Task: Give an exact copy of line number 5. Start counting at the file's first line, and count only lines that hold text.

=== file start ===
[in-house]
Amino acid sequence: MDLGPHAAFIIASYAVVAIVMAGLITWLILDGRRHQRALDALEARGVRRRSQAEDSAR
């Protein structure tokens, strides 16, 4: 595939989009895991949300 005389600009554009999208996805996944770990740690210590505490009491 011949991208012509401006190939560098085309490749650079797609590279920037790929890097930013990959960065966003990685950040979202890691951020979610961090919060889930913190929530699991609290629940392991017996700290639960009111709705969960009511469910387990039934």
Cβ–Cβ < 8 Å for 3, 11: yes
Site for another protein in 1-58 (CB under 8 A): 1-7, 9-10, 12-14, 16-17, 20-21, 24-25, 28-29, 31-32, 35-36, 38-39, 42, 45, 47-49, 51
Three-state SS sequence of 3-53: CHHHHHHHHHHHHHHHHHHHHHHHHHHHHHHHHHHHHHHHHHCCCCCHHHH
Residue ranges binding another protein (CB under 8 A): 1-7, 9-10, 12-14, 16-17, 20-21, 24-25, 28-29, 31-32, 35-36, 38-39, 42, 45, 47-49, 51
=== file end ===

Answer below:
Site for another protein in 1-58 (CB under 8 A): 1-7, 9-10, 12-14, 16-17, 20-21, 24-25, 28-29, 31-32, 35-36, 38-39, 42, 45, 47-49, 51